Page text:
Fear of Missing Out: Analysis Paralysis in Hiring

Part 1 of overcoming fear to embrace great opportunities

Fear is your friend when it’s protecting you from harm.  Fear is your foe when it’s keeping you from great opportunities.  It takes wisdom to recognize the difference, especially during the hiring process.  WWant Improvement? Embrace Change.e witness the struggle regularly in the realm of executive search.

We all fall prey to the “fear of missing out,” FOMO, as we affectionately call it around the office. It’s a legitimate fear that can be hard to balance.  If there’s a decision to be made, it means saying no to other, potentially great, opportunities.

This is one of the challenges we help clients and candidates walk through during a hiring process.  Both parties face the fact that committing to the opportunity at hand means shutting the door on other opportunities.  So how can you make the best decision without knowing what the future holds?

Our Prescription for Overcoming FOMO (Fear Of Missing Out)

If you haven’t outlined your desires, you may fall victim to the analysis paralysis also known as Fear Of Missing Out. Overcome your FOMO by knowing what you want. If you know what you’re looking for, you’ll know when you’ve found it.

Whether you’re an individual seeking your next career, an organization seeking your next top talent, or an executive search firm seeking the perfect blend of the two, your criteria must be clear.

Our List of Must-Have’s

As an executive search firm with more than 4 decades of experience, we’ve built our success on finding the right candidate to fill an open leadership role.  It’s more than finding an available executive.  It’s about finding an executive that will prosper in your organization.

We have clear criteria that we look for in every search.  We feel so passionate about this that we’ve developed, and meticulously stick to, our 4C Hiring Process.  We know a resume does not tell the full story. We’re looking for a candidate that fits the Competency, Character, Chemistry and Culture of the organization.

When those unique criteria from our clients match with a candidate, we can be confident about the fit.  Interestingly, Centennial watches out for the best interest of both the organization and the candidate.  It’s thrilling to see the success that comes from both sides when each one knows what they want and those ideals align.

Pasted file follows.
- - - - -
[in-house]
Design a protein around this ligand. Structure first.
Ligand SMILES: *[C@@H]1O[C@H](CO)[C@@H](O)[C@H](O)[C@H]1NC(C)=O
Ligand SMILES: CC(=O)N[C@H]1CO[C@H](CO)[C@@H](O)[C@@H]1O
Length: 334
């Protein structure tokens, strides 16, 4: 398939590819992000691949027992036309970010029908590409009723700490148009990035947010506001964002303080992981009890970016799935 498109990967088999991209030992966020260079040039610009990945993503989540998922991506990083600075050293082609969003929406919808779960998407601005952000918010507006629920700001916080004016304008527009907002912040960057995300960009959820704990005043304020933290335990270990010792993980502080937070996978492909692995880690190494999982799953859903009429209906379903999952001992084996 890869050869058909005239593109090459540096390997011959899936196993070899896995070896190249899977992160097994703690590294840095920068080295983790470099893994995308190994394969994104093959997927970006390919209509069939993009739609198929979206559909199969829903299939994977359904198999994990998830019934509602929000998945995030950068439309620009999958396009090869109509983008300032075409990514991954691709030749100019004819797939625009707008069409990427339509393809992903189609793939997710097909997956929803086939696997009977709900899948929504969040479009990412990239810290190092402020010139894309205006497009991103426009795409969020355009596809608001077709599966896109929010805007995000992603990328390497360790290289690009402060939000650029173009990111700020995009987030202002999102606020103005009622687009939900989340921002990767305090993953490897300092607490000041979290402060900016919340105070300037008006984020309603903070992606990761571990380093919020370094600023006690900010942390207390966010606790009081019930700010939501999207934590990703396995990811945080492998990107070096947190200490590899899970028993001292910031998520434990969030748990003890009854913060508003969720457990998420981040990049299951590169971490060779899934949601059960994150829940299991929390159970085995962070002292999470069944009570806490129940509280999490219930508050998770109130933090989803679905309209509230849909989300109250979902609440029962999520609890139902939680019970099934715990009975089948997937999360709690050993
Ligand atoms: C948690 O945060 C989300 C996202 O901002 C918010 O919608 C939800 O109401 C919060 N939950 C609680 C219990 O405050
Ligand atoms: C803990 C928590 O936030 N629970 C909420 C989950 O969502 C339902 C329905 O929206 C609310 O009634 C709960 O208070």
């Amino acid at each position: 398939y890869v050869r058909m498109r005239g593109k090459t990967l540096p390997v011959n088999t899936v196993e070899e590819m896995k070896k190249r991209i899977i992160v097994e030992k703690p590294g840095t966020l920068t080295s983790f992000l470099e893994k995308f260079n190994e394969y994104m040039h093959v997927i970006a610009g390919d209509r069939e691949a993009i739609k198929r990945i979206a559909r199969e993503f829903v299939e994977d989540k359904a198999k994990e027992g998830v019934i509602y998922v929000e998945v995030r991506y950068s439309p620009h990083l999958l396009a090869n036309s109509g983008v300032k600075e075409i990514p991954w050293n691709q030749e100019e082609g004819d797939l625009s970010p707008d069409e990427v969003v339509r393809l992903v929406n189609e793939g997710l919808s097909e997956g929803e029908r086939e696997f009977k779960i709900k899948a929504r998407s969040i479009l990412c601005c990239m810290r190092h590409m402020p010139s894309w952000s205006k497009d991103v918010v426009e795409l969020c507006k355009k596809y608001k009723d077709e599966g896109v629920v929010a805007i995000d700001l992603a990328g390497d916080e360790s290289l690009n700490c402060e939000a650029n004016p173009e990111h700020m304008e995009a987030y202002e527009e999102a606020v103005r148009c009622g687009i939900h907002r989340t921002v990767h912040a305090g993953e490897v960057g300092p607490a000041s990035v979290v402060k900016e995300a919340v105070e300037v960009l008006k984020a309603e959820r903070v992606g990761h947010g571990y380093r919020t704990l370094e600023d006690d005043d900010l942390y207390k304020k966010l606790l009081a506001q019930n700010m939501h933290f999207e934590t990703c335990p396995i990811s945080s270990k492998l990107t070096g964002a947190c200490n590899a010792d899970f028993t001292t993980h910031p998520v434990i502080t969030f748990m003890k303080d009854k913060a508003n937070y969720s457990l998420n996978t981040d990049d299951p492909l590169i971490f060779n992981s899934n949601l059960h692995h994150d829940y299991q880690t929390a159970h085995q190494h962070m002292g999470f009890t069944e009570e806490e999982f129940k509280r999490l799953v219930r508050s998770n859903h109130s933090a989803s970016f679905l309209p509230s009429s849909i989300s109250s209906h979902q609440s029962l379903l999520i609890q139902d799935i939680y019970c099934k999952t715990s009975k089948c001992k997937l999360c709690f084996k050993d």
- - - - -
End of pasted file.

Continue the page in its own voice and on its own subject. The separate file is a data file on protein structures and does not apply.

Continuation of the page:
A Candidate’s Struggle with FOMO

Most leaders do not find the time of job transition fun.  It’s a necessary means to an end, but we’d all like to keep the process as short as possible.  However, we also want to make a wise decision about our next job, so we don’t find ourselves job searching again in a year.

Consider your passions and interests.  In another article we recommend 2 great books that can help you with self-reflection.  Think about what you’ve liked in other organizations and what you’ve disliked.

Follow the four categories of our 4C Process and think hard about what they look like to you:

Competencies – what skills do you possess and really enjoy using?

Character – what kind of attitude and values are you looking for in an employer?

Chemistry – what type of personalities really resonate with you?

Culture – this is a big one – what kind of incentives, growth potential, atmosphere, leadership development opportunities are absolutes in your next employer?

Write out your criteria and prioritize them.  There’s no perfect employer, just like –forgive me – you’re not going to be a perfect employee.  Know what is top priority.

Considering your must-haves before an offer is extended is the only way to avoid FOMO.  This is especially true if you have more than one offer on the table.

In next week’s article, we’ll take a look at FOMO from an organization’s perspective.  There is much at stake when a hiring committee can’t make a decision because they’re paralyzed by fear.  They could miss out on amazing talent who is not willing to wait around for the FOMO to lift.  There is also the real danger of crippling the organizational employment brand.

We’ve walked along side many candidates and hiring committees to find the right fit for both sides.  We come into the process asking lots of questions.  A clear description of your ideal is the antidote for overcoming your FOMO.

In Part 2, we address the harm that can come to your organization when you allow fear to stop you from moving forward.

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